Bezos' yacht hasn't been launched yet, but the reported size and cost of his ship will put him in the same ranks as Roman Abramovich, a Russian-Israeli billionaire who owns a similar-sized "superyacht" which emits 22,440 tons of per year. If Jeff Bezos acquires the Y721, which has similar specifications to Abramovich's Eclipse, then we might witness Bezos' yearly emissions rising from one of the more modest billionaire polluters to one of the world's very worst. You can't keep that amount of a secret for long.
We've all heard that traveling by airplane is bad for the environment. And yes, reducing the amount you fly is definitely good for the planet. But there is a massive difference between your basic economy flight to visit Grandma and the flights taken on private jets.
Say, for example, you take a 3-hour trip in a Gulfstream G650 (I'm picking this plane because Jeff Bezos owns one) that has a 19-passenger capacity and fuel efficiency of 500 gallons per hour. According to the US Energy Information Administration, 9.59kg of is produced for each gallon of jet fuel used, which totals 4,795kg of during the short flight. Divided among 19 potential passengers at full capacity, that's 252kg of produced per capita for just one private flight.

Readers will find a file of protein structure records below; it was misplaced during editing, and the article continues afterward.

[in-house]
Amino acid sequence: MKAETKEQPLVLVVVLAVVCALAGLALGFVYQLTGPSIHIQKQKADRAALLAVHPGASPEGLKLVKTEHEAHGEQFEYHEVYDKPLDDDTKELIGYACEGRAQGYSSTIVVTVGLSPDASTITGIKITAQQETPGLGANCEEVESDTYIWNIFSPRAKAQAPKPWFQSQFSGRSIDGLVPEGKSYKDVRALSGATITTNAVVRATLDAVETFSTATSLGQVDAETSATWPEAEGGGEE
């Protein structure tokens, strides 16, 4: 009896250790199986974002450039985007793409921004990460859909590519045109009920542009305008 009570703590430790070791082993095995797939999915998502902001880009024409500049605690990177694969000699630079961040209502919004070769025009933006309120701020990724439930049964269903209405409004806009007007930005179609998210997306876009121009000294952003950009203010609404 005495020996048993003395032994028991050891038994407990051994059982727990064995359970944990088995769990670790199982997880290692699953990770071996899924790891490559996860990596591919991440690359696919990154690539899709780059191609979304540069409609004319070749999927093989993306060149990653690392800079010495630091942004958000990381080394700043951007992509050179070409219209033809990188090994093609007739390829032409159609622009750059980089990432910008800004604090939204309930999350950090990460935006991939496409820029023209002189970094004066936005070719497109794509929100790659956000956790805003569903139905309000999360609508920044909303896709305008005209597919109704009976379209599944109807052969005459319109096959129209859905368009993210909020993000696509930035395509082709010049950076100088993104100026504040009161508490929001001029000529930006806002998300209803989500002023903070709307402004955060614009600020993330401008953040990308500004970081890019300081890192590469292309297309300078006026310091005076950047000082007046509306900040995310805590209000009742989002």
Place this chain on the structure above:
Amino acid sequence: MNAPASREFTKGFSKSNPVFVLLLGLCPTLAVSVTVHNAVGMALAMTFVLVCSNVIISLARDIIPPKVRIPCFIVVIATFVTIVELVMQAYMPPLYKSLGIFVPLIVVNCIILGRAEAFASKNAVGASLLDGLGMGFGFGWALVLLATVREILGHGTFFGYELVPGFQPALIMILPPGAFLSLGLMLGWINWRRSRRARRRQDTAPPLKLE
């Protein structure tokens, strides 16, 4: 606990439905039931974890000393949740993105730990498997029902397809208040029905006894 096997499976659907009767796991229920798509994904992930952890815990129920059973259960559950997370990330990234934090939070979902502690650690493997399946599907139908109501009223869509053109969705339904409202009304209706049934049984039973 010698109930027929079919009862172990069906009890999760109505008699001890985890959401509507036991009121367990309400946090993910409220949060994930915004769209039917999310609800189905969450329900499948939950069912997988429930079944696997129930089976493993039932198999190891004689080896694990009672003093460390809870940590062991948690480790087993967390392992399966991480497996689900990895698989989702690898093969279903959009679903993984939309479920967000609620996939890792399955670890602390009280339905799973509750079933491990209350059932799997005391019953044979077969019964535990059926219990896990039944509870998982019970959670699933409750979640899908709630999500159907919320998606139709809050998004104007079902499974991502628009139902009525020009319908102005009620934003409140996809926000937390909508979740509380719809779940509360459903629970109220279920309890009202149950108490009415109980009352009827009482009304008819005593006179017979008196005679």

How about you elect to fly commercial? A Boeing 787, which seats as many as 336 passengers and burns 1188 gallons of fuel per hour, takes the same 3-hour trip. If the same jet fuel that produces 9.59kg of per gallon is used, then the total amount of emitted during the flight will be 11,393kg. However, when split between 336 passengers, the per capita share of these emissions is much lower than a private flight at only 33.9kg of .